As he did Saturday. So too did the defense when the Illini got their crack in overtime. On the first play Scheelhaase targeted Spencer Harris on the left side of the end zone, but PSU cornerback Adrian Amos deflected the ball to Keiser for his decisive pick.
It was a bad play on my part, said Scheelhaase, who went 33-for-52 through the air, with a TD and two interceptions. I didn't see the corner drop back off as I was checking back.
Amos, who made his second straight start at corner after spending the season's first six games at safety, said the Lions had seen the play, a crossing route, on video, and had practiced defending it. But the Illini did not run it until OT.
He also said that he and Harris both got a hand on the ball before it caromed to Keiser.
I just went up and played the ball, Amos said, and Keiser, running to the ball -- right place, right time -- got an interception, to seal the deal and win the game.
Keiser said he had no problem gathering the ball in, despite the wrap he is wearing on his broken left wrist.
It's not hard, he said. I'm able to make plays fully, just like everybody else.
The Lions marched 84 and 82 yards the first two times they had the ball, resulting in TD runs by Belton (of five yards) and Hackenberg (of nine). But the Illini began their comeback when Taylor Zalewski kicked a field goal on an untimed down at the end of the first half, after a shaky roughing-the-passer penalty against PSU safety Malcolm Willis.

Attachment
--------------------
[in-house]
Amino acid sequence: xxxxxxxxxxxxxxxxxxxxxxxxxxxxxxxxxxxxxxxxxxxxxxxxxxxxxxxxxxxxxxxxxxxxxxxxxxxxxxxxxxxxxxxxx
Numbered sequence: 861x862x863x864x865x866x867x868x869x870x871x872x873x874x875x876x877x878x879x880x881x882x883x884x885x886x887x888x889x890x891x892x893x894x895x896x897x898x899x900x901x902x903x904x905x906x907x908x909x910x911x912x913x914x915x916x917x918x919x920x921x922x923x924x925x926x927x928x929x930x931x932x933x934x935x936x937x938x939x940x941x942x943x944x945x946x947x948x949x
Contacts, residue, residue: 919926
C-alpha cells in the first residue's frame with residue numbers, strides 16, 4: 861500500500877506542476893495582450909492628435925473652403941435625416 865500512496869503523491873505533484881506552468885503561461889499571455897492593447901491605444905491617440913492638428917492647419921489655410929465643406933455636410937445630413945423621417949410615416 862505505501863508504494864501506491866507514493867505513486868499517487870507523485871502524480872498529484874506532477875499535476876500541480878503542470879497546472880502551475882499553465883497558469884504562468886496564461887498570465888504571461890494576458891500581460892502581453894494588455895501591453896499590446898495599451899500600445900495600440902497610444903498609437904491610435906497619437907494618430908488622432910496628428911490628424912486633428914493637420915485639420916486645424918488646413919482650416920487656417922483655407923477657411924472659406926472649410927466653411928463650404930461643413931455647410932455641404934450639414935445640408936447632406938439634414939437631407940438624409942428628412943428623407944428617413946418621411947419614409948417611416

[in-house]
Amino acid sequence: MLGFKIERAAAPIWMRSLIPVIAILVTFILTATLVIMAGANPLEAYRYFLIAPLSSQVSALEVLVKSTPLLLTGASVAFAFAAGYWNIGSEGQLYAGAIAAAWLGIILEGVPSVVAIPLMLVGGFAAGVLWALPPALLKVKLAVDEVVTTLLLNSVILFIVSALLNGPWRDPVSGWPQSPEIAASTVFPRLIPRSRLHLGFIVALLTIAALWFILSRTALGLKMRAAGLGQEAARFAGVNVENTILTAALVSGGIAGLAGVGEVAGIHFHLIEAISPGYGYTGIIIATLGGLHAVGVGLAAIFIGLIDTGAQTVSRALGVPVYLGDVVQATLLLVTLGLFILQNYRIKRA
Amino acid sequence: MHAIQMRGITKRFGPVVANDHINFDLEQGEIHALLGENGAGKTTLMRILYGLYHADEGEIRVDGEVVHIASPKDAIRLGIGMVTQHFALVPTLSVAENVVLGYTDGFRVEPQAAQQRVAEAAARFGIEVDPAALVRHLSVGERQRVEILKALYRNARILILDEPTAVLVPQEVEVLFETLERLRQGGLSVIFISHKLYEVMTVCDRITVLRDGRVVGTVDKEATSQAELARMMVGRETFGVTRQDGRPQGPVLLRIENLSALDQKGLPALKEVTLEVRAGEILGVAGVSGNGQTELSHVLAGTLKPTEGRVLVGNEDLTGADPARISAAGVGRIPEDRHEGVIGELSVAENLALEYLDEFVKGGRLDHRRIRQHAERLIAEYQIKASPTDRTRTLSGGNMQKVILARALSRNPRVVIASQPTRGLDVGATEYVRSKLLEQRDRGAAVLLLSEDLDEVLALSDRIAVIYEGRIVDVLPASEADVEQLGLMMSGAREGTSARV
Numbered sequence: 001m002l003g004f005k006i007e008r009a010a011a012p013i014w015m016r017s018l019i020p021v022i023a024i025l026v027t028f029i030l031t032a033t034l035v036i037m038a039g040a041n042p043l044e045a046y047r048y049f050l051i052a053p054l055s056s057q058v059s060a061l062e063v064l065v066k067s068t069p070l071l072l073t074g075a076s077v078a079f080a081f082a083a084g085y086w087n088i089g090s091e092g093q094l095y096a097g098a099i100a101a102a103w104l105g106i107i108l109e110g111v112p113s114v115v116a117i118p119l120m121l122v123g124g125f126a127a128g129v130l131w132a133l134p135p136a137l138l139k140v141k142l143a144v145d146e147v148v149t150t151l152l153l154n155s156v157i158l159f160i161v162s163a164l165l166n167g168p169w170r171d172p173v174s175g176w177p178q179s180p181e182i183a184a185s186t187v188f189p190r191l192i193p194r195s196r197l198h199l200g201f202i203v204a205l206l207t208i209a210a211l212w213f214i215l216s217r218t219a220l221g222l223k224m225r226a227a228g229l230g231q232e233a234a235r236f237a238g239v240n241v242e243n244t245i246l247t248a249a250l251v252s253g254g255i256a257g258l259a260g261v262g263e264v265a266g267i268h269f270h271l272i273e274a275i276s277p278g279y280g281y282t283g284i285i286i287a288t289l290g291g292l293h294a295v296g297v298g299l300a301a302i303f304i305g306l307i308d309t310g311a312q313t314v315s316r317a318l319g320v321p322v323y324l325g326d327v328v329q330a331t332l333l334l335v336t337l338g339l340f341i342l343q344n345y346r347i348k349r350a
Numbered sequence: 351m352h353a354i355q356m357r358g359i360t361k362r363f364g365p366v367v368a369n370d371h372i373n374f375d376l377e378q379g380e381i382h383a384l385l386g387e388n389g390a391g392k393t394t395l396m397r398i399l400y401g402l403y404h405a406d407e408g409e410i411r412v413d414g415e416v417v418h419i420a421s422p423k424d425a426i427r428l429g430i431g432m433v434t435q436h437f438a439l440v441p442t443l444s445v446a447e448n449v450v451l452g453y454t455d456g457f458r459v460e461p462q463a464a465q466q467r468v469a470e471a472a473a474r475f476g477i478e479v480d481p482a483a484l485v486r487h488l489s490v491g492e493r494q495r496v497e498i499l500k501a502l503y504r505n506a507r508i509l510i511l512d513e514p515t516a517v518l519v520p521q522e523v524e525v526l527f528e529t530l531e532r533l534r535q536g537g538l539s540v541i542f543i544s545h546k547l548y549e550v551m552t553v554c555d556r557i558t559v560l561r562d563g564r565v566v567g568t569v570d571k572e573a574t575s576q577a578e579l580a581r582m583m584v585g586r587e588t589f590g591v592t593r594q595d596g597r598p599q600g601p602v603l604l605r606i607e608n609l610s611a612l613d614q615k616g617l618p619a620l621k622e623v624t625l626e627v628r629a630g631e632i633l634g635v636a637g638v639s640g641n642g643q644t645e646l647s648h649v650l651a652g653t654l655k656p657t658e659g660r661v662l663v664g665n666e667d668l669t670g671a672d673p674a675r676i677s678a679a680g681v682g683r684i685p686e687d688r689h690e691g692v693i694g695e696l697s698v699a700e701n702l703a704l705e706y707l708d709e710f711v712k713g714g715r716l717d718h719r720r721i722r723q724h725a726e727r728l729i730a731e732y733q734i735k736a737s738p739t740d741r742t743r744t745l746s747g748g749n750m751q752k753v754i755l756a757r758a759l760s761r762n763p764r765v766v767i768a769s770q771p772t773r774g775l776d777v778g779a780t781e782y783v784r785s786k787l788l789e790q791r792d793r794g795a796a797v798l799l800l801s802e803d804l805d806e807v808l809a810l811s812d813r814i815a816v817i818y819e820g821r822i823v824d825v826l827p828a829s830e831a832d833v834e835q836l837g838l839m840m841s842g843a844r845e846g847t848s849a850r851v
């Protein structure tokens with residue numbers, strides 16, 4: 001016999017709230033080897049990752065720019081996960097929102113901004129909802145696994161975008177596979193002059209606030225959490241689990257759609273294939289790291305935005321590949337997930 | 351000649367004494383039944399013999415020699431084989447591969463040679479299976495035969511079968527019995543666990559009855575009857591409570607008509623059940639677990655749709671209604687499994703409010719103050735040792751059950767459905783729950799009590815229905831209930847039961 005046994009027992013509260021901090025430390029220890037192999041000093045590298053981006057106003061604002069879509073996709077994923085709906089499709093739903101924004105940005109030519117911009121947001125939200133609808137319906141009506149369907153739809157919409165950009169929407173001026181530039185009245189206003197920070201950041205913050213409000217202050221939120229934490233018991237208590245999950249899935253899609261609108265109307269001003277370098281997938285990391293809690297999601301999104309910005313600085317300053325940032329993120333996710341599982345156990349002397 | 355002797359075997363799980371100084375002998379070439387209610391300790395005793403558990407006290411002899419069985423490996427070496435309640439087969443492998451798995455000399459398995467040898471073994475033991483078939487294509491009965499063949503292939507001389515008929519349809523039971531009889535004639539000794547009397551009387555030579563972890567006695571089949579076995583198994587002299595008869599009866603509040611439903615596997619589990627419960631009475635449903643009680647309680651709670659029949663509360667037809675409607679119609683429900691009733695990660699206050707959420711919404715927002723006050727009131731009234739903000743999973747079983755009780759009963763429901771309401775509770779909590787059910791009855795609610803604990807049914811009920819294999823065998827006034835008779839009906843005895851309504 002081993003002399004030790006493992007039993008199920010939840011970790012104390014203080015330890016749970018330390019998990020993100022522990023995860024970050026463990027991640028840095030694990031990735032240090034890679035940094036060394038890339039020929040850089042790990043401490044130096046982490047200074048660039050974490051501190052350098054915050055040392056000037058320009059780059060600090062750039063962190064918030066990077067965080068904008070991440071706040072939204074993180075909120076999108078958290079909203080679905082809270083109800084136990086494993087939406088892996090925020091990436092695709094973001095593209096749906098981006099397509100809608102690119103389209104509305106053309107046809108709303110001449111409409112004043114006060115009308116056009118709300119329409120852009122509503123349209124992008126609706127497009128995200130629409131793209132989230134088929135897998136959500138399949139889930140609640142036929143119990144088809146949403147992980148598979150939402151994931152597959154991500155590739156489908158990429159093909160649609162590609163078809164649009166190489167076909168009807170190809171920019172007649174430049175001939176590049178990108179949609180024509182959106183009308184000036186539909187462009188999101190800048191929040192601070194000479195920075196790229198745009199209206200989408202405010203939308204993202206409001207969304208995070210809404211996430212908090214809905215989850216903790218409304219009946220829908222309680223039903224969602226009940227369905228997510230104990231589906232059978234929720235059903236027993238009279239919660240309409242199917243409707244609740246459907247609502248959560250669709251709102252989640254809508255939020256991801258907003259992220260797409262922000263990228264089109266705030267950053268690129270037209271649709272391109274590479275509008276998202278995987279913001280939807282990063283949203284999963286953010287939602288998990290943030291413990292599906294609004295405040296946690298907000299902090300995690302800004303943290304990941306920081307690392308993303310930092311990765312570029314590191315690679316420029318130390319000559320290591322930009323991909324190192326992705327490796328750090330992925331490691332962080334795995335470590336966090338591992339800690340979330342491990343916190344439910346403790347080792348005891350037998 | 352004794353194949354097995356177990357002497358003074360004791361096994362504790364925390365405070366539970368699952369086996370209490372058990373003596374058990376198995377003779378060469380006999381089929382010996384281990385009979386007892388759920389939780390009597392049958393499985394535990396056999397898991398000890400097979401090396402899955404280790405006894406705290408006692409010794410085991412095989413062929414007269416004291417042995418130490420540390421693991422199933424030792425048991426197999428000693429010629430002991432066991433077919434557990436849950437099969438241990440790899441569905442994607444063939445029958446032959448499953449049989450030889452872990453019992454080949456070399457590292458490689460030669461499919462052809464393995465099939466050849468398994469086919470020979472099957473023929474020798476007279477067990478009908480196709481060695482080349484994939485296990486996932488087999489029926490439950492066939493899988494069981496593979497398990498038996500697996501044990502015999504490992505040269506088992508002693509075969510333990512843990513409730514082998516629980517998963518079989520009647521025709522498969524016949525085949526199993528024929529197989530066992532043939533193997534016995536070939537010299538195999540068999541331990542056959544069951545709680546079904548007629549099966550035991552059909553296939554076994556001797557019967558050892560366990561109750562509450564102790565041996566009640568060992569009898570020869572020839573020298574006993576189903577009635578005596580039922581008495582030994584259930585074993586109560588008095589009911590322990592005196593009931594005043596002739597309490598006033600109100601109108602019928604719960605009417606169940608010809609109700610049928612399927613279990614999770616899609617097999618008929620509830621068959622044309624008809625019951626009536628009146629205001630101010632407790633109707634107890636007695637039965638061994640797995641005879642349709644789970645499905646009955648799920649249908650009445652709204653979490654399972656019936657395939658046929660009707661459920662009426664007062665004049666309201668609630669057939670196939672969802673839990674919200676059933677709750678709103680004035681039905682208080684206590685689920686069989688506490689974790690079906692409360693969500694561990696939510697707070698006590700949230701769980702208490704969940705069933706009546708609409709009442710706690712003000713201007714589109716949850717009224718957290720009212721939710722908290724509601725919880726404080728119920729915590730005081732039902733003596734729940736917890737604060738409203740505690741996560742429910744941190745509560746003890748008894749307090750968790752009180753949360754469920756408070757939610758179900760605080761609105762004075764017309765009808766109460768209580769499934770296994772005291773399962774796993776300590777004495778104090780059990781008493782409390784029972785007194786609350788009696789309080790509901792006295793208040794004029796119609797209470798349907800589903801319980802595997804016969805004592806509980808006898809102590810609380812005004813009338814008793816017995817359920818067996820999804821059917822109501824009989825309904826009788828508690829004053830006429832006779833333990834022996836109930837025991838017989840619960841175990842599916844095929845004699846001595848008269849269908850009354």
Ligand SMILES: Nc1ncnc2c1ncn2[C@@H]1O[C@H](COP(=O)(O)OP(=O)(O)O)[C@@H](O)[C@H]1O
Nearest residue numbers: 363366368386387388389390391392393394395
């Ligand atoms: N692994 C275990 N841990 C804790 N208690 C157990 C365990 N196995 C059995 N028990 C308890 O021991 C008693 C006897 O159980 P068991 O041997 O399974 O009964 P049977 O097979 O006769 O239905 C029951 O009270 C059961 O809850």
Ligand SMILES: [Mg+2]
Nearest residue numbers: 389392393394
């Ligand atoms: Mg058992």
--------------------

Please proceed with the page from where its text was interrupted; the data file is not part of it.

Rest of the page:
Josh Ferguson ran for an eight-yard score in the third quarter, then caught a seven-yard touchdown pass from Scheelhaase with 5:30 left in regulation, giving the Illini a 17-14 lead.
Belton lost a fumble at the Illinois 2 with 3:23 left, but the Lions regained possession and were able to set Ficken up for the tying field goal.
After that, it was just a matter of searching for Pearl. And where PSU was concerned, it couldn't have looked much better.